You need time to do email. Email is another whole other set of blogs, so for the purposes of this discussion, let's just say that unless you're in customer service, you can't let it interrupt you all day long. Create yourself a recurring appointment to review email. I schedule 3, 1/2hr appointments each day to review email.

One of my team members has a tough commute in the morning which means that he gets in around 9:00 and he blocks that commute time out. The lesson here: be realistic - block it out if you aren't going to be there.

Block out family time. I've had people who scheduled meetings way after normal working hours. Your family comes first and you need to protect that time. In most situations I find that people respect non-core work hours and that this has only been a problem on occasion. All this ties into another discussion about how to communicate work practices - another couple blogs on this one!

I block out time on Friday to clean out my email box, review tasks for the week, and plan for the start of next week.

Really the burden is on me to manage my schedule (and you for yours). I've got to have time to do my work. We can't let the disorganization of other people create a crazy week for us.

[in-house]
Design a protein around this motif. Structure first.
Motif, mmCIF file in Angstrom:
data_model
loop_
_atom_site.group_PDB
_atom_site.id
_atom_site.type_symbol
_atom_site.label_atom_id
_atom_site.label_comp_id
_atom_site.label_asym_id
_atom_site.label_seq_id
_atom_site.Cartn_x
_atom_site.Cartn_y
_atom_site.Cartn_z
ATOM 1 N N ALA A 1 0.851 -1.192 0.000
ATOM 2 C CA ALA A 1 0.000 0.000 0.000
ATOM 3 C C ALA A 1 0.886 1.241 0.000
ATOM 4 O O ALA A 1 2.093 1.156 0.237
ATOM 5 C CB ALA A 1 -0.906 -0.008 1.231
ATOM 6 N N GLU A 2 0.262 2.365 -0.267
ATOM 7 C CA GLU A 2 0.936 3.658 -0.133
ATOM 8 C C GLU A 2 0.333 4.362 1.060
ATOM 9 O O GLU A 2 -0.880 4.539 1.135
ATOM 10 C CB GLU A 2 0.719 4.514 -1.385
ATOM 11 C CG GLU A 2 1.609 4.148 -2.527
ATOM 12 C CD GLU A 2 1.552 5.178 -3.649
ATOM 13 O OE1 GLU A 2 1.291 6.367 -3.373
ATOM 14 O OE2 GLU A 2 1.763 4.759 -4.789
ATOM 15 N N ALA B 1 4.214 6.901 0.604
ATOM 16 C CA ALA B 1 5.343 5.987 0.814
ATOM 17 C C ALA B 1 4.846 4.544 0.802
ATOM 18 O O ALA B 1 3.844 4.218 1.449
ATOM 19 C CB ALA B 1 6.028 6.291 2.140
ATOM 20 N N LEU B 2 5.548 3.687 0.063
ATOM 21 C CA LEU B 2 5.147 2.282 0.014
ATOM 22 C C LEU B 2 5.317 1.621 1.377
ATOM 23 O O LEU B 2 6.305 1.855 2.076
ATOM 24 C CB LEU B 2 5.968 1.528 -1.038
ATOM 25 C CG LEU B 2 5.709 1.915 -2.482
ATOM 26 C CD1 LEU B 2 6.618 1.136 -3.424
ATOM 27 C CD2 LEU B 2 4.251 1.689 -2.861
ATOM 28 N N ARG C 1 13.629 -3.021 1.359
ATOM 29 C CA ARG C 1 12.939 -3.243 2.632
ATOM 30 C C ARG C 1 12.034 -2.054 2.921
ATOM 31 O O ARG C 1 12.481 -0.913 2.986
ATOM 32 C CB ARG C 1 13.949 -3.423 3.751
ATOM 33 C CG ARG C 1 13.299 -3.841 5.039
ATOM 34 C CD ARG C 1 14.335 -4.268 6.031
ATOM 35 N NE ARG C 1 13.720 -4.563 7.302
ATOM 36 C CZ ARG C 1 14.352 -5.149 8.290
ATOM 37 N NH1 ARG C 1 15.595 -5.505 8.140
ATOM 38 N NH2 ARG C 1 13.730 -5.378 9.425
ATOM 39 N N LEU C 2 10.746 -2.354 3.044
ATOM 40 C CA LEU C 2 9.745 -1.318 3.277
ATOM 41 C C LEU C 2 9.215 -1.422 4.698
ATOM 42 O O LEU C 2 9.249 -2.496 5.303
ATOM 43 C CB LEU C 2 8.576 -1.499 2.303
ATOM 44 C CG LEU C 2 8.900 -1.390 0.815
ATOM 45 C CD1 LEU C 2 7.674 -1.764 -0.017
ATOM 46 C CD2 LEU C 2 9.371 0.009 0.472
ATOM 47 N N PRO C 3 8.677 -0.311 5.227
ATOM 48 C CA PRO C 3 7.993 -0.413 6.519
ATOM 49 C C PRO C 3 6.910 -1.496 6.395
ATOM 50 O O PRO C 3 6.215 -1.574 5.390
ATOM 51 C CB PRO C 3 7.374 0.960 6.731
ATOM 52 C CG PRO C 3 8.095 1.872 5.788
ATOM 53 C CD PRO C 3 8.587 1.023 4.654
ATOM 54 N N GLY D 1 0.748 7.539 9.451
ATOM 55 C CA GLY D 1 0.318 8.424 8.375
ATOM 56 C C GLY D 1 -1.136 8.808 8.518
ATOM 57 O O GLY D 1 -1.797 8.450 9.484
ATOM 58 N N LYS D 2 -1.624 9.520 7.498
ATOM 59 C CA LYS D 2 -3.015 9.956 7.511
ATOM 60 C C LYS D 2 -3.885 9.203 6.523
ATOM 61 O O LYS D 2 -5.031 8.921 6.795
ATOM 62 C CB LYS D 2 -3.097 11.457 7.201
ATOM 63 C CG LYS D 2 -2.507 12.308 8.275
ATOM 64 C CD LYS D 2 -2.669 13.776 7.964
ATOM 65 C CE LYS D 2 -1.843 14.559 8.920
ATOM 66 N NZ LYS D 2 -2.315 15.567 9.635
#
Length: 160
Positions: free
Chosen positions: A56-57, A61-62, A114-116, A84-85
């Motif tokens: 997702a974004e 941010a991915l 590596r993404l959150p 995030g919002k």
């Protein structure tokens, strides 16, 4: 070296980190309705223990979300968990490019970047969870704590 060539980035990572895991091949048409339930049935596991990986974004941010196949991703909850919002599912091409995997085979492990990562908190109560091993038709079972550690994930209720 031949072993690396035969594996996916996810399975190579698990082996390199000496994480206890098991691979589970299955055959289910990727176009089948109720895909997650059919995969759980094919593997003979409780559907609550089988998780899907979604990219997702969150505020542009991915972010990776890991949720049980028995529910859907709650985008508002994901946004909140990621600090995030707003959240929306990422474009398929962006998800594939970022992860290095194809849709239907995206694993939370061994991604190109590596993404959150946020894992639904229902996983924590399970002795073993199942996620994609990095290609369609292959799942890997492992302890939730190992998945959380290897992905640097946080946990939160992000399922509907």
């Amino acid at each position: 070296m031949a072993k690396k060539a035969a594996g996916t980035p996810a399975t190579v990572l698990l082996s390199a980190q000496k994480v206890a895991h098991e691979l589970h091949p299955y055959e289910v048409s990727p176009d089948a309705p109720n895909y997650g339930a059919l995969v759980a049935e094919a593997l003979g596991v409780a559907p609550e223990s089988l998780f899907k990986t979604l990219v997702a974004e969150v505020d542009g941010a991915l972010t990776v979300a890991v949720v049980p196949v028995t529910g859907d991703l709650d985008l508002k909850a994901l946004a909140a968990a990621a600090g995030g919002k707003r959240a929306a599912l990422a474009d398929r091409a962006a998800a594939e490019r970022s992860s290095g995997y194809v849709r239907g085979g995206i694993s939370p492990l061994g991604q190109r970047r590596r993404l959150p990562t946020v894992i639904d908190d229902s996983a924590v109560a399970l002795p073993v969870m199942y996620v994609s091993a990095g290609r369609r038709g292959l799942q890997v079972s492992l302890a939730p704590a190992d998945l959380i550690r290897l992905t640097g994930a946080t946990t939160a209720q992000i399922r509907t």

Friday, March 13, 2009

Work anywhere virtual risk

With the cost of living, cost of office space in cities, and the price of fuel, many organizations are moving to virtual works forces and telecommuting. Makes a lot of sense. My observation is that productivity of works can go up - with the office in the home, more workers are willing to put in more hours. It also helps the family -kids are able to see Mom and Dad working, commute time is converted into family time, etc. Big plus. Virtual workforces have their issues, but these can be managed in most cases.

I know people that have taken the opportunity to move to places that either open up opportunities (ex: dream to live on a ranch) or to live in a place of their dreams.

But then something ugly happens: the economy takes a down turn, a company releases workforce, and now you need to find a job. If you live in the middle of no-where, your job opportunities may be no where as well.

So, pursue your dreams and be realistic.

Thursday, March 12, 2009

Personal Networking

Great collaboration systems are deployed by great teams that have great people. It's that simple. And to put together a great team you have to have a great personal network. The goal of personal networking is to get a list of people (anyone and everyone you can), that you stay in touch with (every three months), and that you constantly scan for opportunities to give to (vs. being a blood sucker and looking for how you can use them). The best resource on setting up a personal network is the podcast from Manager Tools - 5/8/2006, Building a Network. Listen to the podcast, then do the following: